Responsible cat owners want to provide the right care to make sure their feline friend lives a long and healthy life. Like all other animals, cats have basic needs that owners need to be aware of to avoid poor health.
Domestic cats have three basic requirements for good health. Firstly, they need a clean, safe environment that protects them from injury due to wild animals, stray pets, and road hazards. Indoor cats are also less susceptible to diseases spread by wandering cats. Feline immunodeficiency virus is one such disease that is more likely to affect outdoor pet cats.
The idea of environmental enrichment is becoming more and more important. This involves providing an environment where a cat can express their natural behaviors, such as stalking and hunting. It’s associated with a lower incidence of behavioral problems and a much happier cat. The Indoor Pet Initiative developed by Ohio State University has great ideas on how you can give your cat a stimulating and enjoyable environment.
Secondly, they require an appropriate diet that gives them the right amount of protein, minerals, nutrients, and calories. The easiest way to do this is to feed a diet that’s been assessed by the Association of American Feed Control Officials (AAFCO) as being nutritionally balanced.
There is, of course, the danger of too much nutrition as well. Cats that are overfed can become obese, and have an increased risk of diseases such as diabetes and osteoarthritis.
Fresh water should always be available. How much a cat drinks depends on their diet; canned food contains a lot of water so cats that eat a predominantly canned diet are likely to drink less water.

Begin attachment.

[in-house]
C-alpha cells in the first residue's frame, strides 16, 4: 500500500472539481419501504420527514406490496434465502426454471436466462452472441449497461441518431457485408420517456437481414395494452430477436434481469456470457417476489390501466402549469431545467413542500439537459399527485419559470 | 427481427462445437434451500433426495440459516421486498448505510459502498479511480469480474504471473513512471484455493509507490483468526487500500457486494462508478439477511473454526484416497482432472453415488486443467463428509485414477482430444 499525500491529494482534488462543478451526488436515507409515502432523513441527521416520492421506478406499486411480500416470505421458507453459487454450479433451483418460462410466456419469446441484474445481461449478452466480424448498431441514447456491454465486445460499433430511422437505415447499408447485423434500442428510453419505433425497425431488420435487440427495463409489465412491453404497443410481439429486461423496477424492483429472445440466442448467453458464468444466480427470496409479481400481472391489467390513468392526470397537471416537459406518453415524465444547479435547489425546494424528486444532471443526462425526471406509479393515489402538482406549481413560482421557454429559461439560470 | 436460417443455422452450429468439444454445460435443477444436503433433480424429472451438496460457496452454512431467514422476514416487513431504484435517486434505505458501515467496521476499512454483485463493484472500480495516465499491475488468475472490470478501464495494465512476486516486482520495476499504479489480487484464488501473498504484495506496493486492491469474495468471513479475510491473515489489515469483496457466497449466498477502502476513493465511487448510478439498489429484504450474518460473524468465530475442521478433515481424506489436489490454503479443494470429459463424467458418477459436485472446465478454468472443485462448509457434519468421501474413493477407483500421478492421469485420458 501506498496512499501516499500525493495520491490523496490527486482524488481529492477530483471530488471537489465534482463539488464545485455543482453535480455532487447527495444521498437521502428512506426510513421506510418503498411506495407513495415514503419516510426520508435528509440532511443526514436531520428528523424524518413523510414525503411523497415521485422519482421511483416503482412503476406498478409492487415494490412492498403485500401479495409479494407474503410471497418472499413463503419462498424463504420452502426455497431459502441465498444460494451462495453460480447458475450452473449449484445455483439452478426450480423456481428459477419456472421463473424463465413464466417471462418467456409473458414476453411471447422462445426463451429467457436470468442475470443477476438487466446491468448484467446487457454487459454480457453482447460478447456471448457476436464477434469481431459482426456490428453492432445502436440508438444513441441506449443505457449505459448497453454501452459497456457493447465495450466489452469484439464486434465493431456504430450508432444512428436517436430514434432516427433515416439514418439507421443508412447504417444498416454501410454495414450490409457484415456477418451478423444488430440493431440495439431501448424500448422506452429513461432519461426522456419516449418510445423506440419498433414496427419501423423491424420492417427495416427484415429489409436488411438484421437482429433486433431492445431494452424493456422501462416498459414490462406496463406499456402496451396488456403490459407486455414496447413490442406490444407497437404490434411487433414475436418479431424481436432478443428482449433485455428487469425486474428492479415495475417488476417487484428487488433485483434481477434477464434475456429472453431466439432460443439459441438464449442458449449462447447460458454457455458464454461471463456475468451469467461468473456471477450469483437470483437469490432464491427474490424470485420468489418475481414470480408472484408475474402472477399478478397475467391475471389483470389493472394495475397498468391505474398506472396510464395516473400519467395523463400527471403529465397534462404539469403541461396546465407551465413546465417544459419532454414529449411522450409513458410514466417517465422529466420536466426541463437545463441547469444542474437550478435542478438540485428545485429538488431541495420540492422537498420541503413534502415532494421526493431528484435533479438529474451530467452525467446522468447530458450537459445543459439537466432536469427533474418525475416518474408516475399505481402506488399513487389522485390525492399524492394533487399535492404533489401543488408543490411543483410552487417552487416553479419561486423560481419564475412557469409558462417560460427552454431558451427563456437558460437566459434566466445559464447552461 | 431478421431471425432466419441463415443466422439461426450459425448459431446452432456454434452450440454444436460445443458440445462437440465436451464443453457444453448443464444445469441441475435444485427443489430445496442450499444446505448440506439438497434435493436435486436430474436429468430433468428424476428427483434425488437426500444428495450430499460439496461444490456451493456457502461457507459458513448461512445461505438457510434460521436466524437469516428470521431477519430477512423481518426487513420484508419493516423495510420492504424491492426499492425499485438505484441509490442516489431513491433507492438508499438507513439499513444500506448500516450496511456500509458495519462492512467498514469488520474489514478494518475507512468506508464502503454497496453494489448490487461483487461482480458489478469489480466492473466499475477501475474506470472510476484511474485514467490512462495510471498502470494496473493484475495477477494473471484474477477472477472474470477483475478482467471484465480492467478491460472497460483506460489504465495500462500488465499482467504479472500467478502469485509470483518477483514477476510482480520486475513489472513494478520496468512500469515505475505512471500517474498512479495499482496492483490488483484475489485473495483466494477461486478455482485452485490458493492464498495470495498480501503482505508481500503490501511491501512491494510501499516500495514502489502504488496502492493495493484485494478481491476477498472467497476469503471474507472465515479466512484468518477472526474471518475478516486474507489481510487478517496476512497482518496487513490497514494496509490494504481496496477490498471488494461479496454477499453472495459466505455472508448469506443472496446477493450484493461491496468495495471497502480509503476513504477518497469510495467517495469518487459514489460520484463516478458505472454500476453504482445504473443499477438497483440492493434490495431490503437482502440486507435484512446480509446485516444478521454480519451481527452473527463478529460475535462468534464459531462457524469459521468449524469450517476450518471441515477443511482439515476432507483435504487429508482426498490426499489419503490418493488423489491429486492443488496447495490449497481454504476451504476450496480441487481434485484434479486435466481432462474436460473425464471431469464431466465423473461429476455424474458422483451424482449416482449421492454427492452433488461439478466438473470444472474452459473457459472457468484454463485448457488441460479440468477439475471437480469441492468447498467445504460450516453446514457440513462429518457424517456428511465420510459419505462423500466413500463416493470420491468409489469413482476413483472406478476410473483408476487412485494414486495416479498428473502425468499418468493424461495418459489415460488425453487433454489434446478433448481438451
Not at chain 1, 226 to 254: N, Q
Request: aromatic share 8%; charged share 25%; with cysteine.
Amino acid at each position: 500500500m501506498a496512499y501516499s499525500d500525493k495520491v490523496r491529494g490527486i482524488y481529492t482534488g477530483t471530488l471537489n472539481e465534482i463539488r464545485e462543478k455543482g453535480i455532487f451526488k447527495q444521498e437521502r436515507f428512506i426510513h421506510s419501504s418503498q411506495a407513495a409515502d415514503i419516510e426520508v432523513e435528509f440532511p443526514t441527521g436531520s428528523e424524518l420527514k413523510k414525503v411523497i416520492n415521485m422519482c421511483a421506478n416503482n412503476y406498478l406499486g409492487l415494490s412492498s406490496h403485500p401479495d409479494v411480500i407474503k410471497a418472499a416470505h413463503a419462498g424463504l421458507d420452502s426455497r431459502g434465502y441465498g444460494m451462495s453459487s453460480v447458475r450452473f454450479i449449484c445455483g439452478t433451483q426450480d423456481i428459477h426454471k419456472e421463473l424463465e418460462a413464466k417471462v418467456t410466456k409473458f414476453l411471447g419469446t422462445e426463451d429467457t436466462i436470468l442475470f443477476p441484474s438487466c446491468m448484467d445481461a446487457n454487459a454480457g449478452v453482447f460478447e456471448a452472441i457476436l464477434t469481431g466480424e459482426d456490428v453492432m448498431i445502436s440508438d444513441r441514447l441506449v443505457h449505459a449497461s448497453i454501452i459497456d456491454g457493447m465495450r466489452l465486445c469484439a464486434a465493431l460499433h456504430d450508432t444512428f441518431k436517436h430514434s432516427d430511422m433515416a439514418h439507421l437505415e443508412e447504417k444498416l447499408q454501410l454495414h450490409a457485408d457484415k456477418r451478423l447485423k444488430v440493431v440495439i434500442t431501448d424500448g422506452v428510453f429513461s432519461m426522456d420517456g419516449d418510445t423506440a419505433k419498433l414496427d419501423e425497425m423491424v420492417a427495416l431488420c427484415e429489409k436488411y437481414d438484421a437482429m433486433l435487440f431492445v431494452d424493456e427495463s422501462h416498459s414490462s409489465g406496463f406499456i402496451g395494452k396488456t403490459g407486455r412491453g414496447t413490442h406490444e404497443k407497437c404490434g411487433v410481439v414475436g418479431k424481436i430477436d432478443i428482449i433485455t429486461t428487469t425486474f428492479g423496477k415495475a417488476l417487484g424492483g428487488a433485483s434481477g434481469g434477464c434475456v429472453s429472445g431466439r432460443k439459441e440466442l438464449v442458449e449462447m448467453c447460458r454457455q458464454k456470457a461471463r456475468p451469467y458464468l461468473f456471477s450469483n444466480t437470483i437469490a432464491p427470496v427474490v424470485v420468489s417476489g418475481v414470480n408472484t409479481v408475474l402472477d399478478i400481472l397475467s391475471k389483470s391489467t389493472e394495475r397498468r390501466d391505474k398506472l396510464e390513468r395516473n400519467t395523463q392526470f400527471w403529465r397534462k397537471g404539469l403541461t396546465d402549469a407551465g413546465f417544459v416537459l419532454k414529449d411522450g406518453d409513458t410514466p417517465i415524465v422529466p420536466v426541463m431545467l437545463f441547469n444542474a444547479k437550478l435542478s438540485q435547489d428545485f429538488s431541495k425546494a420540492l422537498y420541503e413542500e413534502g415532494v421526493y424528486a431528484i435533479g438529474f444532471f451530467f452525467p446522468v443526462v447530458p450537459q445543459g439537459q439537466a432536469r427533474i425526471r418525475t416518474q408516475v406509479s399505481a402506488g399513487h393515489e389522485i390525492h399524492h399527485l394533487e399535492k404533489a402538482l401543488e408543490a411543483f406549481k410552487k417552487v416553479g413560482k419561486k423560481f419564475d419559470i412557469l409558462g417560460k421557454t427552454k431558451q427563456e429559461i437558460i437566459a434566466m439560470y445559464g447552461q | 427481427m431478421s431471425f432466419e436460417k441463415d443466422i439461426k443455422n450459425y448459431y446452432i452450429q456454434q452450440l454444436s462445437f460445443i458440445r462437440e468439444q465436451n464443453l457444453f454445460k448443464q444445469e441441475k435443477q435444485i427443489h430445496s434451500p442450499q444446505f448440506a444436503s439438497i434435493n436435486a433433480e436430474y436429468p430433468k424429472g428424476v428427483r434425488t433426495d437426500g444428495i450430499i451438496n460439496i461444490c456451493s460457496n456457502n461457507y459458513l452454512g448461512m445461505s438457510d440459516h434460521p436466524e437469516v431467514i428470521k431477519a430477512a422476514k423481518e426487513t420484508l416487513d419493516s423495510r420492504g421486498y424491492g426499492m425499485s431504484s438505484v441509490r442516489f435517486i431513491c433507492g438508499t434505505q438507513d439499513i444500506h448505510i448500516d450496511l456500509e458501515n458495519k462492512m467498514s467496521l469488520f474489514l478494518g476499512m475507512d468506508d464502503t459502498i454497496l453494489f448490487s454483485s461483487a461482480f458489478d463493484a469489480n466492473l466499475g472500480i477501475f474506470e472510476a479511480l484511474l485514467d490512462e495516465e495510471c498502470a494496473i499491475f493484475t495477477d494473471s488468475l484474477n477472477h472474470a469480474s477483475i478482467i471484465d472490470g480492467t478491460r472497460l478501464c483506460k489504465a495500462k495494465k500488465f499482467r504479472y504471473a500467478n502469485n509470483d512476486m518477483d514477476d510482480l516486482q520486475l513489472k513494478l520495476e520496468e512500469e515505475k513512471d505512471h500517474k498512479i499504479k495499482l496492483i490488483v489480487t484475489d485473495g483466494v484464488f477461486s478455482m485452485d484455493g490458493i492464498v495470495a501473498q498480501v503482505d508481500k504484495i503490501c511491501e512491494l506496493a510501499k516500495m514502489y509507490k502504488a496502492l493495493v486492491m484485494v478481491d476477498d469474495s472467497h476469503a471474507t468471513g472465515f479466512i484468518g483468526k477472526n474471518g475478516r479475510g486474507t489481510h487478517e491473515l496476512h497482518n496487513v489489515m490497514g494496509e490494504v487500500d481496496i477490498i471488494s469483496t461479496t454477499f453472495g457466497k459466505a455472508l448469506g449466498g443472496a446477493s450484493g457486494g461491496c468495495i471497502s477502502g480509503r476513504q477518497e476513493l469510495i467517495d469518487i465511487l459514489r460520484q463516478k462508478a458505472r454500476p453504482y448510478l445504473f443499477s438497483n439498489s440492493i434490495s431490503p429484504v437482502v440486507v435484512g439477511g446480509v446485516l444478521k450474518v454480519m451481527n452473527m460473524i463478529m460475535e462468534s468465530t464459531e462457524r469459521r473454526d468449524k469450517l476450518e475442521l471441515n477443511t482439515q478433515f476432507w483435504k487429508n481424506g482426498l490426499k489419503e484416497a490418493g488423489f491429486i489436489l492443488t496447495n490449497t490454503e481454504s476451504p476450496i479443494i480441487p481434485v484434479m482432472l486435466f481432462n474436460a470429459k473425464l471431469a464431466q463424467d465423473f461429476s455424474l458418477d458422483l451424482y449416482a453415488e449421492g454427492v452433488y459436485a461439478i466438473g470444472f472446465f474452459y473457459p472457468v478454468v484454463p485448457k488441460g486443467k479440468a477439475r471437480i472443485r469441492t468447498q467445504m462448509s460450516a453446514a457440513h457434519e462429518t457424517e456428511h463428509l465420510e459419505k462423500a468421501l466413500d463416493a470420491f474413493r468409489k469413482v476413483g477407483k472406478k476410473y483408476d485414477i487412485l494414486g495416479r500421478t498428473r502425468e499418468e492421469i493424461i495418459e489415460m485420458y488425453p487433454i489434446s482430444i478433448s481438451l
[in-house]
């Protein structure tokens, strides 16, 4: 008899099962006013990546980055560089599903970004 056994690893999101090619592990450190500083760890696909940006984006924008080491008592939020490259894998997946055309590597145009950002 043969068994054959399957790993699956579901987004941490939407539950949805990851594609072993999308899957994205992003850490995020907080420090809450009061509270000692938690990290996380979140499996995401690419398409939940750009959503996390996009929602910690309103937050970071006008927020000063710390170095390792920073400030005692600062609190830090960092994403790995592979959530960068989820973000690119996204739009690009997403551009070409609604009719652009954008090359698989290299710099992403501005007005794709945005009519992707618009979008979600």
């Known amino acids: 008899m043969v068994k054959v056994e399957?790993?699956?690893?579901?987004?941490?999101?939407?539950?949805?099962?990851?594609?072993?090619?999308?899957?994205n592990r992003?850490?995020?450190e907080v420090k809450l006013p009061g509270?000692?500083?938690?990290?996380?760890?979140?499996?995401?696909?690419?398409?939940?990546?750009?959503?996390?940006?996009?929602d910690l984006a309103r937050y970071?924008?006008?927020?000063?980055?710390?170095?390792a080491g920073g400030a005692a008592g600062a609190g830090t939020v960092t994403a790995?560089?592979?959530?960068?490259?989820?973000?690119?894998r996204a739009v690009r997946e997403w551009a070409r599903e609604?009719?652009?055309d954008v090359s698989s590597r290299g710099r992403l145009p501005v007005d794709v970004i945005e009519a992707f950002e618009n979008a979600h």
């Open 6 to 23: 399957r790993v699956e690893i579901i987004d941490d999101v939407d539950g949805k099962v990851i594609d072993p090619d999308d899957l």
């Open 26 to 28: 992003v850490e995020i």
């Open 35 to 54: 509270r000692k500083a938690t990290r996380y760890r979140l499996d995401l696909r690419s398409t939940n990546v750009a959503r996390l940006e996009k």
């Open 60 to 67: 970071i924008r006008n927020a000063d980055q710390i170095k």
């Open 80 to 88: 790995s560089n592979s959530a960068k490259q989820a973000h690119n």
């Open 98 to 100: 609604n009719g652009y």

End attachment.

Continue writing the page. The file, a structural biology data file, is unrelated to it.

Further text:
One other aspect of nutrition cat owners need to be aware of is the use of prescription diets. These are specific foods that are designed to help treat medical conditions such as kidney disease. If your cat has been prescribed such a food, it’s important that they’re fed it as directed.
Finally, cats need a health care plan that includes regular vaccinations, parasite control and neutering. Fleas, ticks, and worms are most common parasites in cats and all can make them unwell. Vaccinations protect against respiratory tract infections, rabies and feline leukemia virus. Your vet will help to develop an appropriate schedule for your cat’s vaccinations and parasite treatments.
Other considerations to keep your cat healthy and happy include regular grooming (especially for longhaired cats to avoid uncomfortable and sometimes painful knots and matts), nail trims as necessary and making sure you have a safe place for them when you go on vacation.
These suggestions don’t take long and aren’t usually costly, and they’ll make sure your feline best friend stays physically and mentally well for their entire lifetime.
Article courtesy Dr Rosie Brown BVSc (Hons)
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